Why SOC 1 reports are important to employee benefit plans

Employee benefit plans use third party service providers (service organizations) for a variety of reasons including participant recordkeeping, trust reporting, plan testing, information systems, and claims processing. These services influence the financial reporting of a plan. If your company has an employee benefit plan that is audited, one of the items an auditor will ask for is the Service Organization Controls report (SOC 1 report) for each of the service organizations used by the plan. A SOC 1 report is an extremely important document that plan management should review to ensure the reliance placed on each service organization by the plan is appropriate, and that entity user controls, which are the responsibility of plan management, are being followed.

SSAE 16, SAS 70, and SOC 1

Statement on Standards for Attestation Engagements (SSAE) 16 is the new standard for creating a SOC 1 report and, in effect, replaces SAS 70 reports. In fact, the terms SSAE 16 and SOC 1 are often used interchangeably. SOC 1 reports focus solely on controls at a service organization that are likely to be relevant to the user organizations’ financial reporting. SOC 1 reports are intended to be used by the management of user entities as they evaluate the appropriateness of the service organization’s controls on their financial reporting process and regulatory compliance. Auditors can also use these reports as they plan and perform audits of the user entities’ financial statements.

Types of SOC 1 reports

There are two types of SOC 1 reports. In both cases, they report on the fairness of management’s description of the service organization’s system and suitability of the controls design to achieve related objectives.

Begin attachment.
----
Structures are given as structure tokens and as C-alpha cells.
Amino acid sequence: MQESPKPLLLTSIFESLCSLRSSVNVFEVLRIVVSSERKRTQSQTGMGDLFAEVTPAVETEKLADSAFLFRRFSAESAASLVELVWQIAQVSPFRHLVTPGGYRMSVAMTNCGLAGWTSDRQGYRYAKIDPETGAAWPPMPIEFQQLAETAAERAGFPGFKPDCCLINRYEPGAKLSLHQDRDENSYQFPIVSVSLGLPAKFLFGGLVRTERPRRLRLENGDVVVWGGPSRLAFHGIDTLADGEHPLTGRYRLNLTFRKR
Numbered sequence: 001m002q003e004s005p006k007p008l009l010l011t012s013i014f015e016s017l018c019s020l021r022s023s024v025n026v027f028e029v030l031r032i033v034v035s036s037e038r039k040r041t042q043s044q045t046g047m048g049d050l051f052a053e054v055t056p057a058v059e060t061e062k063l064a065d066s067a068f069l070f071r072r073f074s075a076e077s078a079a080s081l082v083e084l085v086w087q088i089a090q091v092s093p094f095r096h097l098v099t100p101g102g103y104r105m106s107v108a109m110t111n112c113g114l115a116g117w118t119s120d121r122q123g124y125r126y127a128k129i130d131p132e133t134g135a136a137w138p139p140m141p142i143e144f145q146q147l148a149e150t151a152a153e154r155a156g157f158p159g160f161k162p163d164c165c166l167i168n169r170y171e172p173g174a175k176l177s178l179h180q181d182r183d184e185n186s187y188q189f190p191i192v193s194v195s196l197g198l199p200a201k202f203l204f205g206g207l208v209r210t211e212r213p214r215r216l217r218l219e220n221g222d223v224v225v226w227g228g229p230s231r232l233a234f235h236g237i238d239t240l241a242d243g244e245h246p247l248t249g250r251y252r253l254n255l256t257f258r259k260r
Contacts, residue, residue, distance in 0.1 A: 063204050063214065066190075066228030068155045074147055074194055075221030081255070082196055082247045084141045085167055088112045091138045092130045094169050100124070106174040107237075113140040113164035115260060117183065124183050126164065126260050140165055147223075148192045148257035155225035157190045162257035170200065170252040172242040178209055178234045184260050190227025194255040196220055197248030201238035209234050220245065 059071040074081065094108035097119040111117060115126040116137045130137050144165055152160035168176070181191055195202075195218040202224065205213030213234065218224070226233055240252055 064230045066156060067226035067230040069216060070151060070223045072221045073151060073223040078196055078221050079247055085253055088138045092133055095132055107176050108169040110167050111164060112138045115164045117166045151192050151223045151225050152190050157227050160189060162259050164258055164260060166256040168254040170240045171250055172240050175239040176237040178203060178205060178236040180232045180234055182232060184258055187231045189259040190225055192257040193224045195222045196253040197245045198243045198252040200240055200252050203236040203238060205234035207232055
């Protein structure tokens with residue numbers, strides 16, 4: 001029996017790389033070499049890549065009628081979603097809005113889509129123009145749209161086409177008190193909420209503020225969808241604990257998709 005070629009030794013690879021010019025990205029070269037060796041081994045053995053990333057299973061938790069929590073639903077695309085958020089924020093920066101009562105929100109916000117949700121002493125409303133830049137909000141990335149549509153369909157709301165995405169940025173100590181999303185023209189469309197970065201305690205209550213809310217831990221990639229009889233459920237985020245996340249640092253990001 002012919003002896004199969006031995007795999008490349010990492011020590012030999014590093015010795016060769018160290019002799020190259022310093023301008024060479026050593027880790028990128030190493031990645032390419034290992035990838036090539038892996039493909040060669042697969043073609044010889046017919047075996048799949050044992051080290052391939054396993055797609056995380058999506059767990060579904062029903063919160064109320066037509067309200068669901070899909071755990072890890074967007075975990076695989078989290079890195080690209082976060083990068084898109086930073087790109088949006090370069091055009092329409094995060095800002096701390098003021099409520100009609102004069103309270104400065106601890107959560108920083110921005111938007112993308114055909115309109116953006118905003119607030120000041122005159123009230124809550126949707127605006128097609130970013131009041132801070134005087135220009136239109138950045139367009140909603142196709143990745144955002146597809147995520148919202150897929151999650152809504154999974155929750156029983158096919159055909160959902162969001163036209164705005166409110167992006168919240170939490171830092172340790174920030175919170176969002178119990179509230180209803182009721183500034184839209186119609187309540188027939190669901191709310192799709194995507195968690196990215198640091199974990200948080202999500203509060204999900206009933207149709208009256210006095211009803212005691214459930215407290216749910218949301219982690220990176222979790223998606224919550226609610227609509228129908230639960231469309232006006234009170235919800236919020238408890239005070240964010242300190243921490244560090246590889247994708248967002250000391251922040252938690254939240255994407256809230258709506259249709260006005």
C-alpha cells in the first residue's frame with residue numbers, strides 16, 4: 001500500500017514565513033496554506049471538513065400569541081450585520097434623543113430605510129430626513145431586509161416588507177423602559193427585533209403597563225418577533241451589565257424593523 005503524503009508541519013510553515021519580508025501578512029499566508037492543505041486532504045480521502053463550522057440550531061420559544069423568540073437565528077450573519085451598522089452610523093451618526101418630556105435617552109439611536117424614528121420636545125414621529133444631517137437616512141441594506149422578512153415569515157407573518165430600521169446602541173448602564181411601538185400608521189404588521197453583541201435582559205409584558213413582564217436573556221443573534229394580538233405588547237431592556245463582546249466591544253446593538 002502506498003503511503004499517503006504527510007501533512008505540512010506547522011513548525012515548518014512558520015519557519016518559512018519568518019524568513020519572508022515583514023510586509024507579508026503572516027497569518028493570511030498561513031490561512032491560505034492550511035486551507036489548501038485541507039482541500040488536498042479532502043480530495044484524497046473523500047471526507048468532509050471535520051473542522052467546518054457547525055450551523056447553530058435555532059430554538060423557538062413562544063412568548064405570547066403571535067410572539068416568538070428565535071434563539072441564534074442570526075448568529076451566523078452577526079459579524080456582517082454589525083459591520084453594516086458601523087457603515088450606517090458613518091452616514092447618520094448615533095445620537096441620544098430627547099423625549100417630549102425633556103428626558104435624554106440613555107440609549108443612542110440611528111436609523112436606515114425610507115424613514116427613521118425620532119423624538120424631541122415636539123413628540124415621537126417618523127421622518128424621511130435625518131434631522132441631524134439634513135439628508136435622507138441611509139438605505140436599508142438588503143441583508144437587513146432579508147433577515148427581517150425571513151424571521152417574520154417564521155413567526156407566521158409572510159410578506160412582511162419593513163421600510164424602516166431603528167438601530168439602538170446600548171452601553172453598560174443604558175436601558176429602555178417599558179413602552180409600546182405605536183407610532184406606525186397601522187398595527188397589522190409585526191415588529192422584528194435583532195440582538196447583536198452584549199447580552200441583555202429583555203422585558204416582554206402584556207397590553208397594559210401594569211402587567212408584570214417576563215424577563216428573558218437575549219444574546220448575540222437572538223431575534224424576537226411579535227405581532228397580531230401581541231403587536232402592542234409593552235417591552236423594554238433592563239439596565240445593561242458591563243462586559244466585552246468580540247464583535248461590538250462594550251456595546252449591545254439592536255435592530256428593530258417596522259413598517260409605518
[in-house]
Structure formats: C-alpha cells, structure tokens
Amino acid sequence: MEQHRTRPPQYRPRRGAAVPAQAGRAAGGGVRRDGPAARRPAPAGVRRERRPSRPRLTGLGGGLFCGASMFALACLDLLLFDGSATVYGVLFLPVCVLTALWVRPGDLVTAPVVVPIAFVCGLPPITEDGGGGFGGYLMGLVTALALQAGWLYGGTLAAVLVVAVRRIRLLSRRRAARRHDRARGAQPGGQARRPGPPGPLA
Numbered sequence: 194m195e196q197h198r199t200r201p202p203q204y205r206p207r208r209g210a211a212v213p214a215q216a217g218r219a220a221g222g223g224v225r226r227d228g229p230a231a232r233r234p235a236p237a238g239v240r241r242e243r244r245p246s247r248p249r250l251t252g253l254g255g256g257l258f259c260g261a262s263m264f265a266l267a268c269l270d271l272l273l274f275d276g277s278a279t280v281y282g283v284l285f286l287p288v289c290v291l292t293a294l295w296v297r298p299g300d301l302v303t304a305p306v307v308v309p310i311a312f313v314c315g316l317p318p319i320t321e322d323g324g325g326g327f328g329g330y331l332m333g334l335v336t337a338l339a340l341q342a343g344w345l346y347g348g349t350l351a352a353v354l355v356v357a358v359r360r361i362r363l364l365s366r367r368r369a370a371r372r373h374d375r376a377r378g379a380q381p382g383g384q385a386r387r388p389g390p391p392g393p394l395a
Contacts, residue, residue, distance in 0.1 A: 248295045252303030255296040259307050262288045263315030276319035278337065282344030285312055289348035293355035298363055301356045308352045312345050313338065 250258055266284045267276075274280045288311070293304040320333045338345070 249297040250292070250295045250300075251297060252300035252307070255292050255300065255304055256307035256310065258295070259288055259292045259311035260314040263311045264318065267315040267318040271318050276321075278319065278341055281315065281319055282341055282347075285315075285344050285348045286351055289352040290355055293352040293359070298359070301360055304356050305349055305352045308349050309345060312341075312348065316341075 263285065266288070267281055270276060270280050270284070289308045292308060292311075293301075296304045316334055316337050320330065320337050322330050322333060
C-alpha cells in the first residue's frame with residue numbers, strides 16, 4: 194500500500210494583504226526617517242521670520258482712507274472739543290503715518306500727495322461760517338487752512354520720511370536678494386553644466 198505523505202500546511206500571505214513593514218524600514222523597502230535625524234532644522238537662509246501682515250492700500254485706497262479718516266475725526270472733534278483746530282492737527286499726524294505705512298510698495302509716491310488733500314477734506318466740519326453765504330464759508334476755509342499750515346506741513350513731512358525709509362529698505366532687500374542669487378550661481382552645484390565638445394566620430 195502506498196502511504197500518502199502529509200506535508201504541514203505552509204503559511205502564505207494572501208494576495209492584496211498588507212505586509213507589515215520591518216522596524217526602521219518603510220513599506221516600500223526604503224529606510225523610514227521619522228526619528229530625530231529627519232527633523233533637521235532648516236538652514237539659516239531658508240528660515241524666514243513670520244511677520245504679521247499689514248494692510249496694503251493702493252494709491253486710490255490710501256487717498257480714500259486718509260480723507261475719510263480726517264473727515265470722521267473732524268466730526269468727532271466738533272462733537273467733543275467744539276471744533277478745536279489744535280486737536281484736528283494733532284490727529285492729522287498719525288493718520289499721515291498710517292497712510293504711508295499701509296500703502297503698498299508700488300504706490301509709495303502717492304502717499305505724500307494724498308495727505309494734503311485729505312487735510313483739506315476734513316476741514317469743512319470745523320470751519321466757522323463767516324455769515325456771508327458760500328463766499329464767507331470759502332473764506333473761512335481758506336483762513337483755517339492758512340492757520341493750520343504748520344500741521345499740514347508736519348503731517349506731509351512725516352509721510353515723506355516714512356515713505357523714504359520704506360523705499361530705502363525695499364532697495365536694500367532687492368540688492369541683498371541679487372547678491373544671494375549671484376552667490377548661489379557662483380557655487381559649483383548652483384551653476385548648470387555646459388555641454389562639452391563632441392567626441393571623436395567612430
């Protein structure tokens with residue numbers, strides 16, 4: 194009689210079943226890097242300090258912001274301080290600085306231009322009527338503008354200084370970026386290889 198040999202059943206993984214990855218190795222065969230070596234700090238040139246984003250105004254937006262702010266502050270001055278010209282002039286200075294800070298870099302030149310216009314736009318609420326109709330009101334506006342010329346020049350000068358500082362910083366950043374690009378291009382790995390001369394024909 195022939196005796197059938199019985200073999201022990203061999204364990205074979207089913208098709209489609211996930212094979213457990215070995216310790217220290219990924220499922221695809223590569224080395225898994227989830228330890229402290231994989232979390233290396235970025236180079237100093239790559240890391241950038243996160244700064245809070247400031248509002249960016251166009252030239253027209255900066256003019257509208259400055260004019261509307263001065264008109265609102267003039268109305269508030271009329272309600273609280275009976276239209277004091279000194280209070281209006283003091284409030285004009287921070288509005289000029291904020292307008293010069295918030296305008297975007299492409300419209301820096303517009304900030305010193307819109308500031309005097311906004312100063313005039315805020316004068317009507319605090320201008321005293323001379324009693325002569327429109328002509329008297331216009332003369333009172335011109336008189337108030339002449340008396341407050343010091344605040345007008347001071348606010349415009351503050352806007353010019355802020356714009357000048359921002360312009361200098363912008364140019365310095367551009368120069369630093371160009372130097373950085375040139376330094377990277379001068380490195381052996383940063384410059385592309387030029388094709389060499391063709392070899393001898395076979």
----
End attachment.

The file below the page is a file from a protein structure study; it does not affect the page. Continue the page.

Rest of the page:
• Type 1 – Test of Design and Implementation of Controls: A report on management’s description of the service organization’s system and the suitability of the design of the controls to achieve the related control objectives included in the description as of a specified date.
  • Type 2 – Test of Operating Effectiveness of Controls: A report on management’s description of the service organization’s system and the suitability of the design and operating effectiveness of the controls to achieve the related control objectives included in the description throughout a specified period.

In most situations, service organizations will provide a Type 2 SOC 1 report because it covers the operating effectiveness of the controls throughout a specified period. A Type 2 SOC 1 report articulates the control testing that was performed and the testing results over a number of potentially relevant areas, including:

  • Purchase and sales
  • Investment income
  • Market valuation
  • Cash and asset reconciliations
  • Benefit payments
  • Participant loans
  • Participant account recordkeeping
  • Information systems

By reviewing these areas and the results of the control testing that was performed, management teams and auditors can determine if the reliance placed on them is appropriate.

Complementary user entity controls

Complementary user entity controls may also be included in SOC 1 reports. These controls are indicated as items not covered by the service organization, and are instead the responsibility of the user organization. An example of an entity user control is participant eligibility. It is the responsibility of plan management to monitor and review participant eligibility prior to requesting that the participant be added to the service organizations’ system.

When to review SOC 1 reports

SOC 1 reports should be obtained annually from service organizations and reviewed by plan management to develop an understanding of the scope of coverage and any issues, changes, or exceptions noted in the report. Plan management should also review the reports to identify the appropriate user entity controls that should be implemented in their environments. The combination of the SOC 1 report and the evaluation of user entity controls should then be considered in the context of the audit scope and assurance needs, so that an appropriate level of reliance can be placed on the service organization for purposes of plan oversight and reporting.

For more information on this topic, or to learn how Baker Tilly accounting and assurance specialists can help, contact our team.